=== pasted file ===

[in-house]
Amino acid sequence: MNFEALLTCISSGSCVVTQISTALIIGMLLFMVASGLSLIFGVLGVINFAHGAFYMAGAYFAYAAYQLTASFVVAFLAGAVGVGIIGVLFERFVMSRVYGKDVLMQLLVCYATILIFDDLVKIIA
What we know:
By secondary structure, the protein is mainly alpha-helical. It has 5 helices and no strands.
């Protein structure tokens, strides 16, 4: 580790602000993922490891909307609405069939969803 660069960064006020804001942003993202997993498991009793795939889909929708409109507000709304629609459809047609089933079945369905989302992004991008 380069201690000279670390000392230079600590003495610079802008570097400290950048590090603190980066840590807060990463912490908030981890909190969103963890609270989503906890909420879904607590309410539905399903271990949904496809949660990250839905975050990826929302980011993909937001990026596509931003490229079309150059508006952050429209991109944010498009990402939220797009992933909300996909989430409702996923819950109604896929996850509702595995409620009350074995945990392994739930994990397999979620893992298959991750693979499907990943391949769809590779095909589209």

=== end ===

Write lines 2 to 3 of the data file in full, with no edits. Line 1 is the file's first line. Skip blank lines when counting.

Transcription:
Amino acid sequence: MNFEALLTCISSGSCVVTQISTALIIGMLLFMVASGLSLIFGVLGVINFAHGAFYMAGAYFAYAAYQLTASFVVAFLAGAVGVGIIGVLFERFVMSRVYGKDVLMQLLVCYATILIFDDLVKIIA
What we know: